Anomaly detection - how to

Occasional Contributor

Hi - I would like to detect anomalies across multiple fields that are not numeric (e.g. looking for unusual azure ad sign-in events using source IP, app name, account name, client name). To the best of my reading, Sentinel/kusto has time series analytic capabilities and can easily detect anomalies - however only on one continuous numeric field.


What I'm looking for is a way to perform anomaly detection when the event data is categorical (IP addresses, account names), rather than numeric. Splunk has a really convenient "anomalydetection" function that takes a list of fields, then computes the probability of each combination of fields in the source data, and filters to only the most unlikely events. This is exactly what I am after, but can't figure out how to do it in Sentinel. Any pointers / guides?


3 Replies
Could you be more specific? what kind of anomaly do you want to detect exactly? if you give an example, that would be better. you can count by IP address and other fields, then use the anomaly detection if you are trying to detect anomalies based on numbers. there are some ML functions you can use to detect anomalies as well. evaluate baseket() and evaluate autocluster() can be used to detect anomalies.
Hi Cyb3rMonk I want to identify unusual sign-in activity in Azure AD logs so that these can be investigated as potential compromised accounts. As a really simple example - I want to consider events fields (i) the UPN and and (ii) the country from the location field. - I consider an unusual event to occur when a sign-in occurs from a country that is not typical for each user For example, I rarely ever travel and live in one isolated country, so my signins each day always come from that one country. If a signin happens from a different country then that's an anomaly that needs to be investigated. In practice, by considering events fields USN, AppDisplayName and the location (or even better the IP ASN), a small number of unusual events can be identified. I typically use the same set of apps, at work (corp network), on the bus (cell phone carrier) and then at home (residential xdsl). All of the examples that I've seen using sentinel (e.g. summarise events to a numeric series (e.g. number of locations that a user signed in from per day) and then look for outliers in the count. In practice this event is fallible - because one of the locations in the count could be highly unusual while the count is still numerically normal. Our most important users do travel regularly so their normal pattern of use is more complex than most people, making count based approaches less effective and more likely to miss something significant.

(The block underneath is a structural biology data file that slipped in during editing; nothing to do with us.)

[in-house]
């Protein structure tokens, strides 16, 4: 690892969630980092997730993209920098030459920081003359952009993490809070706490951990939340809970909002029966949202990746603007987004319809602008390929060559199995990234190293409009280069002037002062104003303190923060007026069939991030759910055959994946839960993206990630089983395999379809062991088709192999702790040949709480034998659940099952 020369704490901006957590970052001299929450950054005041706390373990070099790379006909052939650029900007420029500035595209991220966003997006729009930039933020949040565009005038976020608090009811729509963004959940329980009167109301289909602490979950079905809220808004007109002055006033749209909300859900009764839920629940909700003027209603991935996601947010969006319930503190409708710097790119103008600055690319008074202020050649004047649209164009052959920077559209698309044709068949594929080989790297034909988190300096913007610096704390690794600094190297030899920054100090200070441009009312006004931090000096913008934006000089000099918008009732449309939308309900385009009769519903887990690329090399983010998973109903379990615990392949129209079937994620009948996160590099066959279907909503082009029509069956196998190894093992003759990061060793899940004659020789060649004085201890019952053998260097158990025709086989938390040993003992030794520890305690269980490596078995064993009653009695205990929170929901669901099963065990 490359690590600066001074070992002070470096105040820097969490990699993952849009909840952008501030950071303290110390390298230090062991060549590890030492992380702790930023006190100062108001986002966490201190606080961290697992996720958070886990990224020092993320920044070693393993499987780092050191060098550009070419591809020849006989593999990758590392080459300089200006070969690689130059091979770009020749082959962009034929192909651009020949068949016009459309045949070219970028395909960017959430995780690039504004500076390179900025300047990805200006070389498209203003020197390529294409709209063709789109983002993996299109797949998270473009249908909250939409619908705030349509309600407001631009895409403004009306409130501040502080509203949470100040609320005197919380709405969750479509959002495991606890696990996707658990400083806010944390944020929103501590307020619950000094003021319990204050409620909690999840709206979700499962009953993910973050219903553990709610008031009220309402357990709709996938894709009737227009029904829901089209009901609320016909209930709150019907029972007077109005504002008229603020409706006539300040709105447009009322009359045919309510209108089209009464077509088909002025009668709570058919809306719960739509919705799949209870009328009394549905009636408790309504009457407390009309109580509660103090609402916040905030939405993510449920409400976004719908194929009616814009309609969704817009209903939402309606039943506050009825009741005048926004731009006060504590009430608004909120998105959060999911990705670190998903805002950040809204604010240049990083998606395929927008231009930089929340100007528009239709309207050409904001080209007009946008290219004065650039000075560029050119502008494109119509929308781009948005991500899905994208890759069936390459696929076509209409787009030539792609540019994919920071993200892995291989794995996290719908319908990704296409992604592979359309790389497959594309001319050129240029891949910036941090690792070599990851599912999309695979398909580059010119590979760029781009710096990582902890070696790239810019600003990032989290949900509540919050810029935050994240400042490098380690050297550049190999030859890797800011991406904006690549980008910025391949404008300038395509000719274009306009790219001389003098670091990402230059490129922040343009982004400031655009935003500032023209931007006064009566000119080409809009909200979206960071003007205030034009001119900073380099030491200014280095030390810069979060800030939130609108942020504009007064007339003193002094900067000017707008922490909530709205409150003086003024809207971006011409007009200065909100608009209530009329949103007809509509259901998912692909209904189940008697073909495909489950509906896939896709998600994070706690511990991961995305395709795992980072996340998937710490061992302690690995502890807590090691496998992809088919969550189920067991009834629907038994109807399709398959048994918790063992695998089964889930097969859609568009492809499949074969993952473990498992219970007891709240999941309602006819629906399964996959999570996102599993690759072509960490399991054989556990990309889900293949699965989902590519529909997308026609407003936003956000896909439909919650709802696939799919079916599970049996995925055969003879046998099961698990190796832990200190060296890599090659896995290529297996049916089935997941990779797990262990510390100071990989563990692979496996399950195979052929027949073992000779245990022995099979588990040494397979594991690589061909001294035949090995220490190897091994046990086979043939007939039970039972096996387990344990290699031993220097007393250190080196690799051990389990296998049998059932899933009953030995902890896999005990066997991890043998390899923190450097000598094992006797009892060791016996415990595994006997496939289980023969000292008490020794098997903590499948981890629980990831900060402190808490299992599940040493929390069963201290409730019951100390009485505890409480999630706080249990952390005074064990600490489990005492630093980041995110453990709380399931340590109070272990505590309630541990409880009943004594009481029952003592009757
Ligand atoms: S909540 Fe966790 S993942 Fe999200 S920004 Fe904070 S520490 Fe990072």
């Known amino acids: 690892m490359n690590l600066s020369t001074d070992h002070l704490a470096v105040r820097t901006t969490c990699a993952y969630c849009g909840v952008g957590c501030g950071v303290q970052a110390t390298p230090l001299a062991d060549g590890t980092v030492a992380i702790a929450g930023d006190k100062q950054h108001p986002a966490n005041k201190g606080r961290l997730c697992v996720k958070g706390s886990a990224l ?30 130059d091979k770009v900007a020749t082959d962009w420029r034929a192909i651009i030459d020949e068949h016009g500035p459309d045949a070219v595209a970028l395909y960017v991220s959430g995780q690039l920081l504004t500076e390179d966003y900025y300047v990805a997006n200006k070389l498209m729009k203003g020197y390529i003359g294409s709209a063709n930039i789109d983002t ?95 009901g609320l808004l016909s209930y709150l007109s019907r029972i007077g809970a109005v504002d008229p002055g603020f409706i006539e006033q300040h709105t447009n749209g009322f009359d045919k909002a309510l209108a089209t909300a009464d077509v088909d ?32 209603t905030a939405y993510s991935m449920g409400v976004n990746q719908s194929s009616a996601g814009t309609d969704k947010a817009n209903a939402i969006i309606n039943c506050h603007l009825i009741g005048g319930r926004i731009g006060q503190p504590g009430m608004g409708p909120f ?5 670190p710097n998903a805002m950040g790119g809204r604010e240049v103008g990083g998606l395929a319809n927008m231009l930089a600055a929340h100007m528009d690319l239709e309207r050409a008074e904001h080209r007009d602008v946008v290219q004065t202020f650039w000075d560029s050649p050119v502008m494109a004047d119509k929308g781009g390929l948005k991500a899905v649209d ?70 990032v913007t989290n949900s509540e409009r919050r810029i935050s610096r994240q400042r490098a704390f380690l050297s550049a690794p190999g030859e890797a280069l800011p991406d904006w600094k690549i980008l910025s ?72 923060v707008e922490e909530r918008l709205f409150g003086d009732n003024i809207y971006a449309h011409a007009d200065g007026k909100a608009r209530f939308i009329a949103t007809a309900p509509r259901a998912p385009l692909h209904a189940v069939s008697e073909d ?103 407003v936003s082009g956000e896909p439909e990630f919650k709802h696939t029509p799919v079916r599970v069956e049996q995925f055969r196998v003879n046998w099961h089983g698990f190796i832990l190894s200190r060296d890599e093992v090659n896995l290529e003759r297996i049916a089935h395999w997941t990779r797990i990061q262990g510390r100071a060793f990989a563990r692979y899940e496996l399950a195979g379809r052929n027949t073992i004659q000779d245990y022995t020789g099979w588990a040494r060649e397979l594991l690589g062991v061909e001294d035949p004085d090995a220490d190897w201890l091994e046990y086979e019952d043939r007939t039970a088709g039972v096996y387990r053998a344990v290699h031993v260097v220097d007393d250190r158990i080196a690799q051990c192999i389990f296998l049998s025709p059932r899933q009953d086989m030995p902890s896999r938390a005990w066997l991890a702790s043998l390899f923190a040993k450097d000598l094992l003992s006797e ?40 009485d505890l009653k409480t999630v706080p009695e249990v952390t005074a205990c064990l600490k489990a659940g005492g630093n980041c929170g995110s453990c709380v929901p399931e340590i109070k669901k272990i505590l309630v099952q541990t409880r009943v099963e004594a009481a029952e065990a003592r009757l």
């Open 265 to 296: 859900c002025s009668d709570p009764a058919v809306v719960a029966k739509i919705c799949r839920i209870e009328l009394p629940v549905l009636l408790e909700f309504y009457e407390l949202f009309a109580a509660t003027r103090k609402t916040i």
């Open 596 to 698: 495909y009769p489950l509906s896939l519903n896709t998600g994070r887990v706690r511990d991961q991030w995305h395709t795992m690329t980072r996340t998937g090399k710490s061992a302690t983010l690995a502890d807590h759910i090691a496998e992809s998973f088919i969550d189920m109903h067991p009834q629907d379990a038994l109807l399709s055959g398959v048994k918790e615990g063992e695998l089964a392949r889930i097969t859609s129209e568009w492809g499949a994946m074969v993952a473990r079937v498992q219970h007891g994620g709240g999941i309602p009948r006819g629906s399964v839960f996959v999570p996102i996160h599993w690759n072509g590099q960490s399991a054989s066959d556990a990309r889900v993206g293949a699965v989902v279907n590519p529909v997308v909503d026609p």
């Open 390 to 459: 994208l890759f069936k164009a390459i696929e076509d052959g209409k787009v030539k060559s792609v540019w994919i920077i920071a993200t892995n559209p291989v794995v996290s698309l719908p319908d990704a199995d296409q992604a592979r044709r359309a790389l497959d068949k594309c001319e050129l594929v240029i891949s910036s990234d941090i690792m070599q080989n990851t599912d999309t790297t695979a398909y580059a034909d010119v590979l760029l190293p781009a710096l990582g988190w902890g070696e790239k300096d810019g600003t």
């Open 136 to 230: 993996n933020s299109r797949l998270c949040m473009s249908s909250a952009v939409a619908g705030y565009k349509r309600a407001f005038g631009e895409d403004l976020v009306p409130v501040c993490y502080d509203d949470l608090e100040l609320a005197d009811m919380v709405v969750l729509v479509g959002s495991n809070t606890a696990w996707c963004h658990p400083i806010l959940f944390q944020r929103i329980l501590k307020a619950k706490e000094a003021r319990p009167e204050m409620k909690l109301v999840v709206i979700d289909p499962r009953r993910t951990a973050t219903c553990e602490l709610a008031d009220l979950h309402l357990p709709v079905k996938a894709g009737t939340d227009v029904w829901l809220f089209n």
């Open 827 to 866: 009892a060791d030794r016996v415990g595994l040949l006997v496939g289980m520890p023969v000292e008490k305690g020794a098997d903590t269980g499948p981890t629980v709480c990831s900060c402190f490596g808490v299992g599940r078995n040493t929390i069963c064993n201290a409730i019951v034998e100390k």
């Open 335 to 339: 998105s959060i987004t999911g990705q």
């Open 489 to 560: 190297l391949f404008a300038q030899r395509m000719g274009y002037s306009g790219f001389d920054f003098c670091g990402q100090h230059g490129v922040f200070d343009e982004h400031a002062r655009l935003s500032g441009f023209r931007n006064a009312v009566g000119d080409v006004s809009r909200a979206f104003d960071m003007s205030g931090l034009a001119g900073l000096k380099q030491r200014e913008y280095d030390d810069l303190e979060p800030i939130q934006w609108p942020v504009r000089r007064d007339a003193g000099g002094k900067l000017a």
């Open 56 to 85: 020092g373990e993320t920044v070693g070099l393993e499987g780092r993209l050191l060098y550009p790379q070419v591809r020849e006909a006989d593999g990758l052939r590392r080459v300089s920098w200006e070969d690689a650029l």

@mrboxx you can create a baseline data and compare the last 1d of data with your baseline by using join.  There are several ways to accomplish this. The below is an example:

// Logic: create a baseline by using data from 15 days ago until 1 day ago.
//        compare the last 1d of data with the baseline
let startdate=15d;
let enddate=1d;
let baseline = materialize ( SigninLogs
| where TimeGenerated between ( ago(startdate) .. ago(enddate)) 
| where OperationName == "Sign-in activity"
| extend countryOrRegion_ = tostring(LocationDetails.countryOrRegion)
//| summarize Country_=make_set(countryOrRegion_) by Identity, bin(TimeGenerated, 1d)
| summarize max(TimeGenerated) by Identity, countryOrRegion_, bin(TimeGenerated,1d)
let countries_by_identity = baseline
| summarize previous_countries=make_set(countryOrRegion_) by Identity;
let existing_users = baseline
| summarize make_list(Identity);
| where TimeGenerated > ago(1d)
| where OperationName == "Sign-in activity"
| where Identity in~ (existing_users) // to remove the false positive where an identity is first seen. 
| extend countryOrRegion_ = tostring(LocationDetails.countryOrRegion)
| summarize LastSigninActivity=max(TimeGenerated) by Identity, countryOrRegion_
| join kind=leftanti baseline on Identity, countryOrRegion_
| join kind=inner countries_by_identity on Identity
| project-away Identity1